During his State of the Union address tonight, President Clinton did not discuss allegations that he had sexual relations with a White House intern and later told her to lie about it. But he did talk about the Internet.
Last year, news of the O.J. Simpson civil trial verdict upstaged President Clinton's State of the Union address--on and off the Net. Tonight the president was expected to have the nation's undivided attention.
Many people likely tuned in via TVs, radios, and PCs, to see if Clinton would talk about former White House intern Monica Lewinsky. Rather, he urged Congress to put Social Security first, pass new trade acts with other nations, and retrain displaced workers. He also warned that nations would have to address the brewing conflict in Iraq.
When discussing education, the Internet came up as usual. He said the nation should take steps to ensure that "every child can stretch a hand across a keyboard and reach every book ever written, every painting ever painted, every symphony ever composed."
Clinton also stated that "the information age is first and foremost an education age." Before closing, Clinton asked Congress to support the building of the Next Generation Internet, and said that parents must be given technological tools to bar their children's access to inappropriate material on the Net.
Web sites geared up for increased traffic levels due the address, though they have been jumping all week due to the intense online coverage of the scandalous allegations surrounding Clinton. The Net already has played a huge part in covering the story this week. (See related story)
"We've seen heavy traffic all week. There is every reason to believe that we'll have more viewership than the State of the Union would normally get," Katherine Dillon, vice president of ABCNews.com, said earlier today. "We do everything we can to make sure we have as much bandwidth as possible. We hope we can handle the larger volume of traffic."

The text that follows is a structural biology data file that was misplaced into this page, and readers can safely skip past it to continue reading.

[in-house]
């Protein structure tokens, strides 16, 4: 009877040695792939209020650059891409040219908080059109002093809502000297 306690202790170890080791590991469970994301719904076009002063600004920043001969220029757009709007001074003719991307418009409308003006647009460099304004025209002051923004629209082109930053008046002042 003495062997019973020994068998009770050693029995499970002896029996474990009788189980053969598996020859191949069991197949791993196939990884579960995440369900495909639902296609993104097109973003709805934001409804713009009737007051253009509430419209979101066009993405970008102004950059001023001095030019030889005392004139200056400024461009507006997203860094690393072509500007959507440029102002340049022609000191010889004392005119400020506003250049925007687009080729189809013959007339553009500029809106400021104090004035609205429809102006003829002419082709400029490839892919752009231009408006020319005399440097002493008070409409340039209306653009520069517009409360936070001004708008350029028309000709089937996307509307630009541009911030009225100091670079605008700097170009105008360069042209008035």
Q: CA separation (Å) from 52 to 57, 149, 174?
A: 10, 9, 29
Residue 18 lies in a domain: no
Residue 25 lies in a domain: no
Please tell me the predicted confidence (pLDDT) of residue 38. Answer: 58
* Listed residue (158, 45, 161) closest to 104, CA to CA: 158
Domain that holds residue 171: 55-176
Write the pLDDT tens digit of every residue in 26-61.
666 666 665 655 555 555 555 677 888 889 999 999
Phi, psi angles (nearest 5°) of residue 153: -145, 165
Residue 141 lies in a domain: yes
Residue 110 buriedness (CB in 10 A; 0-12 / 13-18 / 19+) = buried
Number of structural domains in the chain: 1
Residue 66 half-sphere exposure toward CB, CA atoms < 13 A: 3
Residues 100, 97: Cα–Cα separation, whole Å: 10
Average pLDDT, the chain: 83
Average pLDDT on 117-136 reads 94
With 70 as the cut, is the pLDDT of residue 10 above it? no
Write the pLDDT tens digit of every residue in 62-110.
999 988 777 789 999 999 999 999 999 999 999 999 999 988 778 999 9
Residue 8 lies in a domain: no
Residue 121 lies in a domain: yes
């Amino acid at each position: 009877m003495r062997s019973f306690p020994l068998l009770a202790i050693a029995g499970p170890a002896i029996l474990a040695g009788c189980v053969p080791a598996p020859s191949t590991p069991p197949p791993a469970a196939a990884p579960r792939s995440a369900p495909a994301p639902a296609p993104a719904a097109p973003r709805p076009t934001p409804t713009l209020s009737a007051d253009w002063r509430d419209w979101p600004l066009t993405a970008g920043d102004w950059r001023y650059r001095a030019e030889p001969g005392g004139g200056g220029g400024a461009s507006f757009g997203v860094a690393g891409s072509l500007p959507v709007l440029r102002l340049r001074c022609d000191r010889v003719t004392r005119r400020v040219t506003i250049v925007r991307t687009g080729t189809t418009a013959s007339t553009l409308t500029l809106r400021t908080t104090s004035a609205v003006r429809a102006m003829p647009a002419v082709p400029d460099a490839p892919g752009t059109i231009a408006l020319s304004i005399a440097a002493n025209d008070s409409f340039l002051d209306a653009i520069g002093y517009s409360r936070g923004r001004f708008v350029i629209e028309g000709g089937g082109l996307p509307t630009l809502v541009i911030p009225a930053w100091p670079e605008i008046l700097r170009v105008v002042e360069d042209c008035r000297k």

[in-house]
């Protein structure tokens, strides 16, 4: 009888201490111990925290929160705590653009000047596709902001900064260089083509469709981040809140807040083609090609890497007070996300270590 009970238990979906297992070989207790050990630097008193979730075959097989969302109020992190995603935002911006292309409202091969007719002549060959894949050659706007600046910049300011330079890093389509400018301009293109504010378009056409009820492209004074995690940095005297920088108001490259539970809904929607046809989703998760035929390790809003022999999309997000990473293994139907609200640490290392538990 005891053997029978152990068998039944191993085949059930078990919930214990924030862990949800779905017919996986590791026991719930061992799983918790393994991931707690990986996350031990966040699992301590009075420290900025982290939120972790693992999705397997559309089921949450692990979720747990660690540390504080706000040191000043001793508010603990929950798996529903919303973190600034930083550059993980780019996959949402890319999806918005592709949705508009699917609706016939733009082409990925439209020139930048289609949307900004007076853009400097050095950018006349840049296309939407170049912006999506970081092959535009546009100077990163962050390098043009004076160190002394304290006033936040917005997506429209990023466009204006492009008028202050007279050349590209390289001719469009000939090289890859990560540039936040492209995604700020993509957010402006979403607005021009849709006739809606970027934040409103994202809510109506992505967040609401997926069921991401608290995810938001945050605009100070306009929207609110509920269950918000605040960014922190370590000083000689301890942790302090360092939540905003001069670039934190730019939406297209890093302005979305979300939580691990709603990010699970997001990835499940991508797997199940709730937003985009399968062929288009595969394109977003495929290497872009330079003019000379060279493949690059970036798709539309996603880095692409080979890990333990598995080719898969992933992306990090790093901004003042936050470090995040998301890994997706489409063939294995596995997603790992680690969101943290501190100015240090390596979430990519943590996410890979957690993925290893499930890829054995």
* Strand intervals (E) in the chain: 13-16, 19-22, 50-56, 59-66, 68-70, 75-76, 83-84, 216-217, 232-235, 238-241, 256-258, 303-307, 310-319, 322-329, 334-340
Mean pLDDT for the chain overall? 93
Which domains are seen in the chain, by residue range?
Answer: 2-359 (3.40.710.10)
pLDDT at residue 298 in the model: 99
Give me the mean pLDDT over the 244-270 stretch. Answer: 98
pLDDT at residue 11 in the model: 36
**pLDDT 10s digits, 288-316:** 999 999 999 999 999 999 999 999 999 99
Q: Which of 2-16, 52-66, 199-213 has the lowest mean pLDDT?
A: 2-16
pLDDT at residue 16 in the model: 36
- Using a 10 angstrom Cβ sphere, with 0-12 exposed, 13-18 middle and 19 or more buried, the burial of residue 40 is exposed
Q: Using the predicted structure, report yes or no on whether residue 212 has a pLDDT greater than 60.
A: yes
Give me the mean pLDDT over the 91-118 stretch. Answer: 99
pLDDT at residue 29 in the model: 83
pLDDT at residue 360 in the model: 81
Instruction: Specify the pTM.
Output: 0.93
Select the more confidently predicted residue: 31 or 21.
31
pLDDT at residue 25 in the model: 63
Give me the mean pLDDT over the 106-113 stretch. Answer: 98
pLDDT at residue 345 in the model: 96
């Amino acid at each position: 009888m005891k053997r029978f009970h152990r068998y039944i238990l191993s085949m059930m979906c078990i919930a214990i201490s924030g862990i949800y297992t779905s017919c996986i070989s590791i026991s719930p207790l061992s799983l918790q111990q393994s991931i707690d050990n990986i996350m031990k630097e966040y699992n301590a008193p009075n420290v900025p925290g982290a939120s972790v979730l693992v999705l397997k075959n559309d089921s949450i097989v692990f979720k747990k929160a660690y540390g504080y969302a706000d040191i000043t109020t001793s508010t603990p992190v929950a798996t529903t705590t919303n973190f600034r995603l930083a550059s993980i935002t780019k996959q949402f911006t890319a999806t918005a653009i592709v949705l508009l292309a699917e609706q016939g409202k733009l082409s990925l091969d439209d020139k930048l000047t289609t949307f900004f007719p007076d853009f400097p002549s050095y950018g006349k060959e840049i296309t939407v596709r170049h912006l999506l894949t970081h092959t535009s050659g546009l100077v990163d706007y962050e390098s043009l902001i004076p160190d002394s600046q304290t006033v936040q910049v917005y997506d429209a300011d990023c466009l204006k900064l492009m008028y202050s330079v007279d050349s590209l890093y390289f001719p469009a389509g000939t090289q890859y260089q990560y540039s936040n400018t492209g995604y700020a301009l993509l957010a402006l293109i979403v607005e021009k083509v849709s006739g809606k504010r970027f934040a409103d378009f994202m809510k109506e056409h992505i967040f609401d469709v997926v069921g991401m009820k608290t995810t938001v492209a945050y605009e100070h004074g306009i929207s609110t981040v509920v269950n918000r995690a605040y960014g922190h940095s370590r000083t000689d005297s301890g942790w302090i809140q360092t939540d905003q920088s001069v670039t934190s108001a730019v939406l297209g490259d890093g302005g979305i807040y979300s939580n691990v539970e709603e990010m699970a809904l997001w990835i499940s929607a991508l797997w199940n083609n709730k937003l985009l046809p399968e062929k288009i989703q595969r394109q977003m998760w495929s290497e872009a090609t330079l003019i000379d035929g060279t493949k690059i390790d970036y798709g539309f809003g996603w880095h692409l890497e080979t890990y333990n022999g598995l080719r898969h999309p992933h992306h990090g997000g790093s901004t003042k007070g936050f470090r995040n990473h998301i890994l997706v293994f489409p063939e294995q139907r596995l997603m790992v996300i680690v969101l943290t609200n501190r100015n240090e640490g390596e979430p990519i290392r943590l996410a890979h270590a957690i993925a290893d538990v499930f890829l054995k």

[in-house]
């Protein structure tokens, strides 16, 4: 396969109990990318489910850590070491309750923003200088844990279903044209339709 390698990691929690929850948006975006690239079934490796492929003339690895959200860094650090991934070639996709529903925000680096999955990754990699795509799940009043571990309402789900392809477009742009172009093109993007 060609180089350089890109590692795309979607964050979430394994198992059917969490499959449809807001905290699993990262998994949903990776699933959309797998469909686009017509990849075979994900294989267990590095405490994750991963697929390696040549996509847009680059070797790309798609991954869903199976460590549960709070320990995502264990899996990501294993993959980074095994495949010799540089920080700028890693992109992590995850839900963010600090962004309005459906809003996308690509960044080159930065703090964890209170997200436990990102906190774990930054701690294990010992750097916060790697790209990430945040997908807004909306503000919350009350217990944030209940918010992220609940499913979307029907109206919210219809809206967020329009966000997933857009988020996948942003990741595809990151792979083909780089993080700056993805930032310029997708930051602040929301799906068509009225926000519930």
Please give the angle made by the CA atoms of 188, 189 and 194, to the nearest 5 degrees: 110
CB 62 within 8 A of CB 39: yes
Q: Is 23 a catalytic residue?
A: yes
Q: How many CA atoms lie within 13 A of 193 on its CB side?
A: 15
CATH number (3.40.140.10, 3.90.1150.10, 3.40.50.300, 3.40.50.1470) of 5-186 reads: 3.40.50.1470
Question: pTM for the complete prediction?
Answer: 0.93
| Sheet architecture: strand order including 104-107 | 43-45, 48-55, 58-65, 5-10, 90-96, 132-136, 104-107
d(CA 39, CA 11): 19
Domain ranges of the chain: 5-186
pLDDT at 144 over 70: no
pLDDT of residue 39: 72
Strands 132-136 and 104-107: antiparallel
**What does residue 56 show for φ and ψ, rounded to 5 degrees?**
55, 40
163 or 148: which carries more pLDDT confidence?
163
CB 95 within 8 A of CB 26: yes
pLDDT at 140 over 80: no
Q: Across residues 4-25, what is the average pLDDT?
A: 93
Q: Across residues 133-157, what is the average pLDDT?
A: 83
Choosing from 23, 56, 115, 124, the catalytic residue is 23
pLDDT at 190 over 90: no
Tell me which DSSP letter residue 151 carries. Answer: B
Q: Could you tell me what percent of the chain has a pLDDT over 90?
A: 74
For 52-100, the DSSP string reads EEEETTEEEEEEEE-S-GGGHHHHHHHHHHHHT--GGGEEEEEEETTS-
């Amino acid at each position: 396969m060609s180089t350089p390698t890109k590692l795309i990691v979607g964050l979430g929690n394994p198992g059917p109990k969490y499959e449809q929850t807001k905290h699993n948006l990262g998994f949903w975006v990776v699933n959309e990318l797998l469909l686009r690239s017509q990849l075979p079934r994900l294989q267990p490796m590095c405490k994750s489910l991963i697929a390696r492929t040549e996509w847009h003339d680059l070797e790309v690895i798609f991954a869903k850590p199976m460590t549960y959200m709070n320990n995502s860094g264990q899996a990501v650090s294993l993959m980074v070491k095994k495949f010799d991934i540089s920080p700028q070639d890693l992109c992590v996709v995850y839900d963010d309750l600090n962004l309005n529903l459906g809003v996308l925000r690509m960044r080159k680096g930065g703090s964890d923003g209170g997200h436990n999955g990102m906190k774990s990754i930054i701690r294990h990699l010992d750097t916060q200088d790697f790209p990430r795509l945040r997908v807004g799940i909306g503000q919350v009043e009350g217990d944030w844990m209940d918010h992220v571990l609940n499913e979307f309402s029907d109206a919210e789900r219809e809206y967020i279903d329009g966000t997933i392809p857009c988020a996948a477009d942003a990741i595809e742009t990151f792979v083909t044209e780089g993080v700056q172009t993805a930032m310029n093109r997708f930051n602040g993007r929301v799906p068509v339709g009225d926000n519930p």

ABCNews.com held a live Net chat hosted by Washington correspondent Bob Woodruff to discuss the reaction to the speech.
Aside from C-SPAN, AudioNet also hosts online commentator Eliot Stein, who gave his two cents during the address.
"I think we'll see a lot more traffic because of the whole controversy surrounding the president," Kevin Parke, vice president of AudioNet, said earlier today. "Secondly, based on our increased traffic and the Internet's growing popularity, I think a lot more people will tune into the Net for the unique coverage we can bring. We carried the Super Bowl on Sunday, so we already have built in the capacity to handle this type of event."
C-SPAN online carried live responses from Senate Majority Leader Trent Lott and other members of Congress. In addition, the Senate Republican Conference provided online audio and video responses to the president's address from senators in every state.
And tomorrow, Washington Post political columnist David Broder will discuss the speech online within the Post's new Net politics section. Users also can find Newsweek's anticipated story on Clinton and Lewinsky at the site.